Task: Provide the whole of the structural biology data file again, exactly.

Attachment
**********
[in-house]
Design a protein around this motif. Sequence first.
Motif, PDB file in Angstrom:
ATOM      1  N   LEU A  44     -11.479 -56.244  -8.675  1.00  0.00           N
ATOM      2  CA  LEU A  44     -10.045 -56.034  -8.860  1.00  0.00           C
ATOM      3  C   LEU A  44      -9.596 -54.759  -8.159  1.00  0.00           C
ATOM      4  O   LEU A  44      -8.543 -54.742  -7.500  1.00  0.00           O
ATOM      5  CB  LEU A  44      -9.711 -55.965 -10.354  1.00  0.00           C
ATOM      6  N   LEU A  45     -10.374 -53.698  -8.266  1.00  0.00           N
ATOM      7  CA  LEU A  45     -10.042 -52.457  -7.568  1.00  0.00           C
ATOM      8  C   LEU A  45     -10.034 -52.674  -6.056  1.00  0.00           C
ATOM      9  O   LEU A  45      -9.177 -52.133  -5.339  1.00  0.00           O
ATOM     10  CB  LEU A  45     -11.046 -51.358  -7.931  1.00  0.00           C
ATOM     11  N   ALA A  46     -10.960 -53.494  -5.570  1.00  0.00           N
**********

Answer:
[in-house]
Design a protein around this motif. Sequence first.
Motif, PDB file in Angstrom:
ATOM      1  N   LEU A  44     -11.479 -56.244  -8.675  1.00  0.00           N
ATOM      2  CA  LEU A  44     -10.045 -56.034  -8.860  1.00  0.00           C
ATOM      3  C   LEU A  44      -9.596 -54.759  -8.159  1.00  0.00           C
ATOM      4  O   LEU A  44      -8.543 -54.742  -7.500  1.00  0.00           O
ATOM      5  CB  LEU A  44      -9.711 -55.965 -10.354  1.00  0.00           C
ATOM      6  N   LEU A  45     -10.374 -53.698  -8.266  1.00  0.00           N
ATOM      7  CA  LEU A  45     -10.042 -52.457  -7.568  1.00  0.00           C
ATOM      8  C   LEU A  45     -10.034 -52.674  -6.056  1.00  0.00           C
ATOM      9  O   LEU A  45      -9.177 -52.133  -5.339  1.00  0.00           O
ATOM     10  CB  LEU A  45     -11.046 -51.358  -7.931  1.00  0.00           C
ATOM     11  N   ALA A  46     -10.960 -53.494  -5.570  1.00  0.00           N